The Government has launched an inquiry into Operation Burnham - the New Zealand Defence Force (NZDF) raid at the centre of investigative journalism work Hit and Run.
Attorney-General David Parker announced the Government inquiry in Parliament on Wednesday afternoon.
He said he's seen footage of the operation that shows armed individuals in the village. That "does not seem [...] to corroborate some key aspects of the book," he said.
But he said the footage does not conclusively answer some of the questions raised, and it is in the public's interest to conduct an inquiry.
The inquiry will assess the conduct of NZDF troops, look into the treatment of reports of civilian casualties, assess the extent to which NZDF rules of engagement authorised "targeted killings" and whether this was explained to those approving the rules of engagement.
It will look into the accuracy of public statements made by NZDF and examine whether suspected insurgent Qari Miraq was transfered properly. Hit and Run claims he was transfered to suspected torturers.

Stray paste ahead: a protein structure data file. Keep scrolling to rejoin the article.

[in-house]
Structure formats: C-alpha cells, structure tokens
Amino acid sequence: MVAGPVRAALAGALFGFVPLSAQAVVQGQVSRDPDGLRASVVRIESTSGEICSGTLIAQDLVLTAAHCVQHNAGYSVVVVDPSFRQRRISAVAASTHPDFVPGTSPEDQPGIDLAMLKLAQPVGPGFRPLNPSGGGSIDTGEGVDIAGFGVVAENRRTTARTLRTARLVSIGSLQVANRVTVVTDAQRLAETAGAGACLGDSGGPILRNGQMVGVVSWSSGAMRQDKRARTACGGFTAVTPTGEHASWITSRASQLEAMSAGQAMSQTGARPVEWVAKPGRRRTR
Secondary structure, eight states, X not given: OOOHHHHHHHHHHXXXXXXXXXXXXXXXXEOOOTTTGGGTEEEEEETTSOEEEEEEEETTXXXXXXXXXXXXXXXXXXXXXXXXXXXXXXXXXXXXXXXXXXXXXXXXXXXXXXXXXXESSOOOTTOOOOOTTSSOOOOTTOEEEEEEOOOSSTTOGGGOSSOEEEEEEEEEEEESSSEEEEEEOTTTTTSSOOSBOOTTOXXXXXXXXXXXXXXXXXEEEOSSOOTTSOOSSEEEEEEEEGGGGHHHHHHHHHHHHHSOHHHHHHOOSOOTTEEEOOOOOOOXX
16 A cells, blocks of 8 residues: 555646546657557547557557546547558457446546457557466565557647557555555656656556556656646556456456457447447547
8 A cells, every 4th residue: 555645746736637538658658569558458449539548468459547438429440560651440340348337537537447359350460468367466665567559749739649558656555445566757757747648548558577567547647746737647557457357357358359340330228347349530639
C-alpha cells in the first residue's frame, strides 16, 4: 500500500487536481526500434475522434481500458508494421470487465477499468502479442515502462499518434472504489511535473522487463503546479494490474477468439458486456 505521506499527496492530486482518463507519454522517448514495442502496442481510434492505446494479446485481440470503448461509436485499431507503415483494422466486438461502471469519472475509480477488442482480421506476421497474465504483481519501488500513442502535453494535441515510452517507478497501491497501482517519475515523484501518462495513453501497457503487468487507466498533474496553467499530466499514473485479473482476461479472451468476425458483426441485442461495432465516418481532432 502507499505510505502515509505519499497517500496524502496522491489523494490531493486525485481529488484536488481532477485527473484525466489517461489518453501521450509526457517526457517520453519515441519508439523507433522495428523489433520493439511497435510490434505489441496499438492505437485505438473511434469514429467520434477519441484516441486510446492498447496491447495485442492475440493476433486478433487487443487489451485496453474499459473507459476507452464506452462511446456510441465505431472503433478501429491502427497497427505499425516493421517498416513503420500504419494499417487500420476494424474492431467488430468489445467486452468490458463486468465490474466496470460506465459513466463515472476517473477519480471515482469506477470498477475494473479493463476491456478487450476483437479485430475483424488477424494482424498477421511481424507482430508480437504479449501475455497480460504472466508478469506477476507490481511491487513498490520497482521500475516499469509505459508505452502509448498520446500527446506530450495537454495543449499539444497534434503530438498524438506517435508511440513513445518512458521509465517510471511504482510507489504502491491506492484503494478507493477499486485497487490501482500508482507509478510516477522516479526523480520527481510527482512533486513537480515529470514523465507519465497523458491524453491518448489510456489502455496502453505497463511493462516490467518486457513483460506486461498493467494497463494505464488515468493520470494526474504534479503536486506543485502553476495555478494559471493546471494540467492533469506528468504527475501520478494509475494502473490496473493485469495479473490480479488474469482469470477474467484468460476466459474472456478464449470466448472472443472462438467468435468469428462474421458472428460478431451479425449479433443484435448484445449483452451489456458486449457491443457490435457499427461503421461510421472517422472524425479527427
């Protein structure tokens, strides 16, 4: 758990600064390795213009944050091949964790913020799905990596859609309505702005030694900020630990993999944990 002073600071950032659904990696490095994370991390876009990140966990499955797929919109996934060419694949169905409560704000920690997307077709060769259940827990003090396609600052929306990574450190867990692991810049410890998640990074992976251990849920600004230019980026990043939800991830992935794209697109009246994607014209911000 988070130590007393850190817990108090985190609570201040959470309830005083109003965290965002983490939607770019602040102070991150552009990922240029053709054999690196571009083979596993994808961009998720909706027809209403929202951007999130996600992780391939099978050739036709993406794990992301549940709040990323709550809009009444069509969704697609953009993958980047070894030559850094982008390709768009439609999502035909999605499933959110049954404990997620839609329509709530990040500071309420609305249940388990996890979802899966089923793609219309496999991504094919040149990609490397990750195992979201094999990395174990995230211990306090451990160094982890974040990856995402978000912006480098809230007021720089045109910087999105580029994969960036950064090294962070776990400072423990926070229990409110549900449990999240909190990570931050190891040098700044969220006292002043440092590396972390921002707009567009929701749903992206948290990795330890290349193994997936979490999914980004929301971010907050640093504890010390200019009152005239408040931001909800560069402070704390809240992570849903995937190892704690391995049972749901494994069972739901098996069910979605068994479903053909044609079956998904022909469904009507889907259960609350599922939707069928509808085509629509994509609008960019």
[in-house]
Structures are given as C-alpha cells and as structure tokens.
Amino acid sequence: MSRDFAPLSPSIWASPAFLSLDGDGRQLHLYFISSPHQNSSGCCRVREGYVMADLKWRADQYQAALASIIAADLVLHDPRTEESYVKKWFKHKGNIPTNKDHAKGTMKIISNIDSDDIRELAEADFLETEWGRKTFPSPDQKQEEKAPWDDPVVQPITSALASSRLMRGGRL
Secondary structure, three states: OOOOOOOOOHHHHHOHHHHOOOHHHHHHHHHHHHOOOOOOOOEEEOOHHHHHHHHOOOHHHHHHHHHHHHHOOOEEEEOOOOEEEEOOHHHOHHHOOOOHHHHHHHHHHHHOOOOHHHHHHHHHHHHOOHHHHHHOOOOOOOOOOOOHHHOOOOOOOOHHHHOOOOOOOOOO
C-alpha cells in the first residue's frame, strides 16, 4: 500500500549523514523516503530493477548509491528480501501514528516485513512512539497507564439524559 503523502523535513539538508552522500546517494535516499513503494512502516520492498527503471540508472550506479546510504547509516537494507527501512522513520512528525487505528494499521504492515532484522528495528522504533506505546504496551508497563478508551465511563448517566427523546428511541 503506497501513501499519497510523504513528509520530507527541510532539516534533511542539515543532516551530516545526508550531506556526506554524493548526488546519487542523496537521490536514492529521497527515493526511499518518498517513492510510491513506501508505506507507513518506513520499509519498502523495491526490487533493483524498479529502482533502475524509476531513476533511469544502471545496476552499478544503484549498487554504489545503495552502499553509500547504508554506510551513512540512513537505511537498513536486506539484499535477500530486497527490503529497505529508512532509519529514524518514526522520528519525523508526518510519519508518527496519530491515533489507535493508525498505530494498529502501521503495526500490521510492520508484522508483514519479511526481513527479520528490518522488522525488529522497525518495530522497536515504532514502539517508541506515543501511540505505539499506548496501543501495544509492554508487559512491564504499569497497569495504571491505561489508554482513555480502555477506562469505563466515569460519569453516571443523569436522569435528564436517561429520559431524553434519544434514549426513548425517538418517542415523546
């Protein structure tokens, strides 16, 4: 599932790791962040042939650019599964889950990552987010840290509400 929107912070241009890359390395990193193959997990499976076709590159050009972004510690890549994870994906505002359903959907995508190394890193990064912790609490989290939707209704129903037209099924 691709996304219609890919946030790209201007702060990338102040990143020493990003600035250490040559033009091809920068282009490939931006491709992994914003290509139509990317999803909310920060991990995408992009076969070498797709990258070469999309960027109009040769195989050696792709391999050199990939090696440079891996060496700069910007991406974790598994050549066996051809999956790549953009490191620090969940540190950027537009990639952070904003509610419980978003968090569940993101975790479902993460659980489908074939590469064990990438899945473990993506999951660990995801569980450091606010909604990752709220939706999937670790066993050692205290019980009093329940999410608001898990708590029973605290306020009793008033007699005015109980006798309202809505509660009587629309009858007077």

Mr Parker said it's possible two versions of a report will be released - one public and the second including classified information.
The book by Nicky Hager and Jon Stephenson alleges the NZDF took part in a night-time raid on a village, during which civilians were targeted and property deliberately destroyed.
The book claims six civilians - including a three-year-old - were killed, and 15 others injured.
NZDF says one insurgent was killed during the raid, and says it's possible ammunition fired from a coalition helicopter "had fallen short of its target" and hit two buildings. As a result, a report from ISAF/Afghanistan Government found "civilian casualties may have occurred."
National's Defence spokesperson Mark Mitchell says the Government needs to front up about why it's holding the inquiry.
"Based on the evidence we saw in Government, and the responses to our questions, this Inquiry is unwarranted," he said on Wednesday afternoon.
"This was not a political position that we took. Rather, as Ministers of the Crown we acted on the basis of extensive advice and briefings from NZDF who made the same commitments to us as they did publicly.
"Assuming the NZDF has shown this Government the same information they shared with us, I cannot see a basis for an inquiry."
The Government's inquiry has a $2 million budget, and will be led by Sir Geoffrey Palmer and Supreme Court Judge Sir Terence Arnold.